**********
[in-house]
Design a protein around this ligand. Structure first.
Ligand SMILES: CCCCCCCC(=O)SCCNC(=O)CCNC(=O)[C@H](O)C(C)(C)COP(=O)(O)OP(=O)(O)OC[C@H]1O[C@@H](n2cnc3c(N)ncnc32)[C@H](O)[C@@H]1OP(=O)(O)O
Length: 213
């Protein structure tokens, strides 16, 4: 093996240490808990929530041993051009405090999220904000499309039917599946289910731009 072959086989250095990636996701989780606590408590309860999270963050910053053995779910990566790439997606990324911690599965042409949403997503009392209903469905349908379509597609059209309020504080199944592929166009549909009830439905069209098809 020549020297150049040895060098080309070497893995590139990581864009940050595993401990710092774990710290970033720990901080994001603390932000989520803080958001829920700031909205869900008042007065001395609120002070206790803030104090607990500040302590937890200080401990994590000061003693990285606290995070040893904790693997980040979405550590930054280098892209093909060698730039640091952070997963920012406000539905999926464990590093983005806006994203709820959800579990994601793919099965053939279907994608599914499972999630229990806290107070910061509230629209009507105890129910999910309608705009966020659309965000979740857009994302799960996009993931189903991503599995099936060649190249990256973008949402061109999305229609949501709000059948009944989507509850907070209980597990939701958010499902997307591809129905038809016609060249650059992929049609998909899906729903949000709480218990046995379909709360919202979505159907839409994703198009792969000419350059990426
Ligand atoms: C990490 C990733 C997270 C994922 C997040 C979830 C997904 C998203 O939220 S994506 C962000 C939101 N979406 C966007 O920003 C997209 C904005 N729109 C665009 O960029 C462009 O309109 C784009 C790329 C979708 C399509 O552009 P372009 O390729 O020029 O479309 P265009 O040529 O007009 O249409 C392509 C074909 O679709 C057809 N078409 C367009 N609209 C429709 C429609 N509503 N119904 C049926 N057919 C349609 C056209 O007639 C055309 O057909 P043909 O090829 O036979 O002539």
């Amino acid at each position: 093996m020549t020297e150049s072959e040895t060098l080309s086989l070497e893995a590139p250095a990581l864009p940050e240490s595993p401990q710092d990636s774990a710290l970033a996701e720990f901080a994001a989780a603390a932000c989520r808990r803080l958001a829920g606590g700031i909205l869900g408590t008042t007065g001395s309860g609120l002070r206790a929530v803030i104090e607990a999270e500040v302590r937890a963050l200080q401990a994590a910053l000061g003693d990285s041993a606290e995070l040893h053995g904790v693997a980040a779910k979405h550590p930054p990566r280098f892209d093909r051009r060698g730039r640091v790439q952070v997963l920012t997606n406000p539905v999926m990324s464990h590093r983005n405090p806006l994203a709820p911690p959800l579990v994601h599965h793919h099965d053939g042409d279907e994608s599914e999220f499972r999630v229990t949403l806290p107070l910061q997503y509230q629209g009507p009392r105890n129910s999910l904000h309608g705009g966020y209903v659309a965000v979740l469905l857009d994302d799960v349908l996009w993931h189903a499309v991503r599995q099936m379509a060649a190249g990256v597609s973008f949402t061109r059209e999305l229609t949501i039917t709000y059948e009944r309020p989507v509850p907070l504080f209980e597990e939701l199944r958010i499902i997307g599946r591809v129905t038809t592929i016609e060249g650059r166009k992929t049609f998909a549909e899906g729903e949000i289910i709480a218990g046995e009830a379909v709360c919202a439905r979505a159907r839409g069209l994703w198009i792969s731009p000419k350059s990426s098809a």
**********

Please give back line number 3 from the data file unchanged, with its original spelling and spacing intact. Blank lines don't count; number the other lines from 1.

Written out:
Ligand SMILES: CCCCCCCC(=O)SCCNC(=O)CCNC(=O)[C@H](O)C(C)(C)COP(=O)(O)OP(=O)(O)OC[C@H]1O[C@@H](n2cnc3c(N)ncnc32)[C@H](O)[C@@H]1OP(=O)(O)O